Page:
That’s according to former mayor of Umhlanga Rocks, Henry Reynolds who has kept a keen eye on the villages development over the years.
A solitary beach cottage, The Oyster box, was used by passing ships as a navigational point and was built out of Burmese teak, corrugated iron and reinforced concrete.
Today Umhlanga Rocks is one of South Africa’s premier holiday destinations. A number of beds await holidaymakers, with restaurants, movies, malls, pubs, clubs, amazing beachfronts and amazing tourist attractions eagerly waiting for the areas many visitors.
But not only is Umhlanga a tourists heaven, it’s also a sportsman’s paradise. Surfing, swimming, scuba diving, fishing, sailing and running are just a handful of sporting activities within the area. That’s not even talking about the many world-class sports’ clubs in the greater Umhlanga area.
“Originally part of the canelands owned by the Natal Estates Limited, which was based in Mount Edgecombe, and founded by Sir Marshall Campbell in 1885, Umhlanga Rocks was a paradise for a few farmers who either leased or had consessions on the beach.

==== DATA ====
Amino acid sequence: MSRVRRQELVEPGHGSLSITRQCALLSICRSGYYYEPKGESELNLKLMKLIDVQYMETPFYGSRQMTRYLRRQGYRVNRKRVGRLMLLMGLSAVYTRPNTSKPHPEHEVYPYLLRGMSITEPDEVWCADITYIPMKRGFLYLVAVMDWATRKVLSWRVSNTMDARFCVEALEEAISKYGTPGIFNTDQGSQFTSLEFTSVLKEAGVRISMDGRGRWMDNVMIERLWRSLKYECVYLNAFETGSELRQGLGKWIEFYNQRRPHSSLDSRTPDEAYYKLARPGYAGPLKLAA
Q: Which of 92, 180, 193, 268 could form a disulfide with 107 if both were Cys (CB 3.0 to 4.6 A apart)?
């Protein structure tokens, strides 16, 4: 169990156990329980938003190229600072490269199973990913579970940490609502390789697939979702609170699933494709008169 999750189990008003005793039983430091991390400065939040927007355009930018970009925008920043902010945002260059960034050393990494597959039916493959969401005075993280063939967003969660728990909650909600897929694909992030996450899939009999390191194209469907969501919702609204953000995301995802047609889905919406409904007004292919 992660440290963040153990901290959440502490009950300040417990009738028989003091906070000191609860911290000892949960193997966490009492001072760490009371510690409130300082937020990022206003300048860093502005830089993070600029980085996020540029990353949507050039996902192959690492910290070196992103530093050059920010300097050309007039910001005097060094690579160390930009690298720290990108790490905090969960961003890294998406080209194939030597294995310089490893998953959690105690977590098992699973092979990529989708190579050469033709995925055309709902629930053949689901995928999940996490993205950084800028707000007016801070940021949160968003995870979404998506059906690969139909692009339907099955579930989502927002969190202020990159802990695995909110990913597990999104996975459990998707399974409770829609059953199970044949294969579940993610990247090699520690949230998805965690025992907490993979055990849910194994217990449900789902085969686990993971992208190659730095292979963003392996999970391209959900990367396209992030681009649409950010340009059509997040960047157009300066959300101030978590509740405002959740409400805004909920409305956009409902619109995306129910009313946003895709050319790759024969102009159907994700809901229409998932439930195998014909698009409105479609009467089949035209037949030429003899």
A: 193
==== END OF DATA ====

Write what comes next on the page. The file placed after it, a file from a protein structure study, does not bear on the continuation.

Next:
“Oysters and mussles crowded the rocks, the crayfish abounded and stumpies, Garrick, snoek, shad, barracuda were plentiful, “Reynolds said. Many rocky outcrops along the shore provide safe splash bathing for children, while the sea is a surfer’s joy.
In 1860 a French Mauritian, Melidor Cheron, bought a cane farm along the coast, known today as Glenashley. The farm was named after his daughter, Virginia, and part of the farm is where Virginia Airport is today.
It is believed that Virginia Cheron had an amazing voice and was locally dubbed the Nightingale of Natal. Having being married three times, Virginia and her third husband, an Irishman, Ancrum Marcus McCausland built the then Victoria Hotel in 1920.
The second article on Umhlanga will be forwarded later this month.